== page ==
In early 2019, controversy erupted when Virginia’s state legislature considered a bill that would loosen restrictions on abortion, including what are colloquially known as late-term abortions performed in the second and third trimester. Although such abortions are extremely rare – only 1.4 percent of abortions are performed from the twenty-first week of pregnancy and beyond, according to Planned Parenthood – people opposed to abortion used the discussion of late-term abortions to accuse the bill’s supporters of promoting infanticide. If it would be morally repugnant to, in President Trump’s words, “execute” a baby after birth, why is it not similarly repugnant to terminate a pregnancy past the point that most pregnancies are considered viable?
In her upcoming article Parental Autonomy over Prenatal End-of-Life Decisions, forthcoming in the Minnesota Law Review, Greer Donley turns this rhetorical question on its head. In many circumstances, parents have the right to decline medical care on behalf of their children. Faced with a catastrophic medical diagnosis and a plan of invasive, painful treatment with very limited chance of success, parents have the authority to make the unfathomably difficult decision to provide only palliative care and minimize their child’s suffering. Why, Donley asks, would we deny parents terminating a wanted pregnancy in the face of a devastating diagnosis the same authority?
This reframing of the late-term abortion debate is a stunningly effective and provocative move. Abortions are often condemned as cruel or selfish decisions, and late-term abortions are frequently described as particularly callous. Donley counters this description by reclaiming the label “parent” even for people terminating pregnancies and casting the decision as one motivated by love for the child. Her analysis is movingly bolstered by her use of an essay by Margot Finn, who had an abortion at 29 weeks after her baby was diagnosed with lissencephaly. As Finn described it,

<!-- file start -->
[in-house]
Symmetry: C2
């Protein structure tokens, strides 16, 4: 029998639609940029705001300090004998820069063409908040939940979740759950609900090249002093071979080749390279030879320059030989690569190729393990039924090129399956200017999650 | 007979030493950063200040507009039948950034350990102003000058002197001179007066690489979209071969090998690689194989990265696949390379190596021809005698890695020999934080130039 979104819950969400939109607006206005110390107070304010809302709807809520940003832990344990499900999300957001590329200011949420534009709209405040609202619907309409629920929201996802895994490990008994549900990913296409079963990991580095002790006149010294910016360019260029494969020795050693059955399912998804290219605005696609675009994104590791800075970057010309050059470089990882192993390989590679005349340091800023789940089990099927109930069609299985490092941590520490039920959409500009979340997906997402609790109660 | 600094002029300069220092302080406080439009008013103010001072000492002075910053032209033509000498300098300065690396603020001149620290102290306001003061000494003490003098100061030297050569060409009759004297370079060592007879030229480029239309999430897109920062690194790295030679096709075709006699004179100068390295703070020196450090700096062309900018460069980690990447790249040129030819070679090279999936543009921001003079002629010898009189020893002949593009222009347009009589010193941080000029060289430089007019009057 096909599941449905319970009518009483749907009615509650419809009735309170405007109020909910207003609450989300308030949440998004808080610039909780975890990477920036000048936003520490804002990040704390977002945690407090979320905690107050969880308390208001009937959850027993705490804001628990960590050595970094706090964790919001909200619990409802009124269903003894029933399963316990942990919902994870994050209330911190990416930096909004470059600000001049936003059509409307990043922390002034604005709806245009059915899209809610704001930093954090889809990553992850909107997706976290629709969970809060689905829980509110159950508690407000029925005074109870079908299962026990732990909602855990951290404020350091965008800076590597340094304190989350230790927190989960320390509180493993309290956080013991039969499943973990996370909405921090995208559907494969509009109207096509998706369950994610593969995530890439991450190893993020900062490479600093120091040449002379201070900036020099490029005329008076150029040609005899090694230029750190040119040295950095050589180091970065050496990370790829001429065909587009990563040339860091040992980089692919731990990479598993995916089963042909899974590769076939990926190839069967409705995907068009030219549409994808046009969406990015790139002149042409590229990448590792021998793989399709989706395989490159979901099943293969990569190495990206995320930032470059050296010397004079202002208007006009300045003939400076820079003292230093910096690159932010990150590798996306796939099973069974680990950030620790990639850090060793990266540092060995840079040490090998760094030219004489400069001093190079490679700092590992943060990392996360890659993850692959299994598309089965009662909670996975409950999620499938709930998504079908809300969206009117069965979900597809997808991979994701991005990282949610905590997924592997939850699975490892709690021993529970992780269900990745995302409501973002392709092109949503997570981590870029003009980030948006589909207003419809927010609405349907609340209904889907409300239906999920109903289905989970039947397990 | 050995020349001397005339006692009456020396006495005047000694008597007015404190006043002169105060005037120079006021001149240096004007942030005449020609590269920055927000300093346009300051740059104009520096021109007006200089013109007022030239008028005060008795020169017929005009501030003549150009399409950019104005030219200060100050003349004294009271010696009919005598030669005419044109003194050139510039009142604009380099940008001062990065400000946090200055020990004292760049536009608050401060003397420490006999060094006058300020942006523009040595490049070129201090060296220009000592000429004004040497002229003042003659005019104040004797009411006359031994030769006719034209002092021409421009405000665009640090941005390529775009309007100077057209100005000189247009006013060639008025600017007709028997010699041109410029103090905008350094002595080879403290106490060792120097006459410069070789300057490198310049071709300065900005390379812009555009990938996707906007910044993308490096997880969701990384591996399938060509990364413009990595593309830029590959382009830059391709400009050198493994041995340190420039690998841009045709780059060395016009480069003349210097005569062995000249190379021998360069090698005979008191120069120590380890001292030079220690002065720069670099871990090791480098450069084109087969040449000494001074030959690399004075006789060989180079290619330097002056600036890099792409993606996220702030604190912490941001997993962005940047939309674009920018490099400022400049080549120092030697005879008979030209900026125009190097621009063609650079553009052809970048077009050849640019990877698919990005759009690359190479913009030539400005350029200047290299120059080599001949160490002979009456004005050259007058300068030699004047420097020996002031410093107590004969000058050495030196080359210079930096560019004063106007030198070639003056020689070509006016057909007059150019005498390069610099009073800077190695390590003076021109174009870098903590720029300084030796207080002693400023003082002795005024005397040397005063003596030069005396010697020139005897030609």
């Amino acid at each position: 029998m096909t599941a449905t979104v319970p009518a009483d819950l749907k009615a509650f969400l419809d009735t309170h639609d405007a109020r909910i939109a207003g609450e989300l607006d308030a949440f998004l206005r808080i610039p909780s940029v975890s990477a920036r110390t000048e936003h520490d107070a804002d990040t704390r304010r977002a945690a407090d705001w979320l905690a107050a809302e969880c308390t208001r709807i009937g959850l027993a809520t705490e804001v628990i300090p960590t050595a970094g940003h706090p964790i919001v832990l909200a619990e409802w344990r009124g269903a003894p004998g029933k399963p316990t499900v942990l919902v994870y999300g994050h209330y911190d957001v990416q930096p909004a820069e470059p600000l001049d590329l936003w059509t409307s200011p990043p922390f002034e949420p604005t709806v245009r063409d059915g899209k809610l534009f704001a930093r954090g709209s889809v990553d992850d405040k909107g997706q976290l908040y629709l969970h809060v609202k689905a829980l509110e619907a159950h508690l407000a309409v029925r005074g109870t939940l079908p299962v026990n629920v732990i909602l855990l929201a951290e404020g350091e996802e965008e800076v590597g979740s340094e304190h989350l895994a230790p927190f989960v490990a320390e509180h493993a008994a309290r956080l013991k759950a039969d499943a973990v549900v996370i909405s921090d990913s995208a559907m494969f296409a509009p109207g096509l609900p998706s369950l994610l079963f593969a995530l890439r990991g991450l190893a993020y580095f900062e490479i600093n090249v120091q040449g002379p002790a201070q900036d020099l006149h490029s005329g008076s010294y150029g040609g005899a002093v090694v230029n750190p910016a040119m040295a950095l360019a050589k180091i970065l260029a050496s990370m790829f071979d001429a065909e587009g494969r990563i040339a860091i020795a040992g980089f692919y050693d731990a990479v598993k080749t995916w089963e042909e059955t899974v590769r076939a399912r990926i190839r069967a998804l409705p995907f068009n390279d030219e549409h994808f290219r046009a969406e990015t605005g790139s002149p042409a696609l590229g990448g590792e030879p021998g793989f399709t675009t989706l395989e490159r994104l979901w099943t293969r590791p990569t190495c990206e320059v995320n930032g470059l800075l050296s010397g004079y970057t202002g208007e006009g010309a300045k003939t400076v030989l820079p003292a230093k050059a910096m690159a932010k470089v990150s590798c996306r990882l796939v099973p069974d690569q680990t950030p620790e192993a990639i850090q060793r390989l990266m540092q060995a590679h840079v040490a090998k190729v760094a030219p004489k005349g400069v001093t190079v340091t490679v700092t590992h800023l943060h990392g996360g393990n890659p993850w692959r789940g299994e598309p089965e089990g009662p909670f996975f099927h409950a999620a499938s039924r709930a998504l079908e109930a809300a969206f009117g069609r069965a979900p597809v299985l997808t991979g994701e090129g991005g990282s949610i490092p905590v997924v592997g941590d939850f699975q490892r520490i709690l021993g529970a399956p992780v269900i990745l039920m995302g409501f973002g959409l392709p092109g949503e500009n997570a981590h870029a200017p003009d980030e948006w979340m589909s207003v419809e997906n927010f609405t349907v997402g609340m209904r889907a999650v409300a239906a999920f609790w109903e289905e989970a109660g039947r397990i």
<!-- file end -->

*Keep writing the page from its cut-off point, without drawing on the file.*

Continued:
The only thing that could have been worse than [my baby] dying would have been to continue knitting her small body together with my body, to keep growing bigger and bigger with her and go through a far more dangerous full-term delivery or perhaps even a C-section, should her brain swell with fluid, and then watch her be intubated and fitted with a feeding tube. The only thing worse would have been to feel personally responsible for every bit of her suffering thereafter, wishing I could give her peace and being unable to do it.
Donley argues that Finn’s decision to terminate her pregnancy to spare her child pain and an unavoidable early death is simply not captured by traditional descriptions of abortion as a privacy right.. The reason behind terminating the pregnancy is not to avoid becoming a parent too early, or to control the drastic life changes that result from pregnancy and parenthood. Instead, Donley treats such decisions as much closer to a parent declining life support or other heroic medical interventions – and to the extent that the expectant parent’s situation is meaningfully different, it is different in a way that increases the expectant parent’s decisionmaking rights.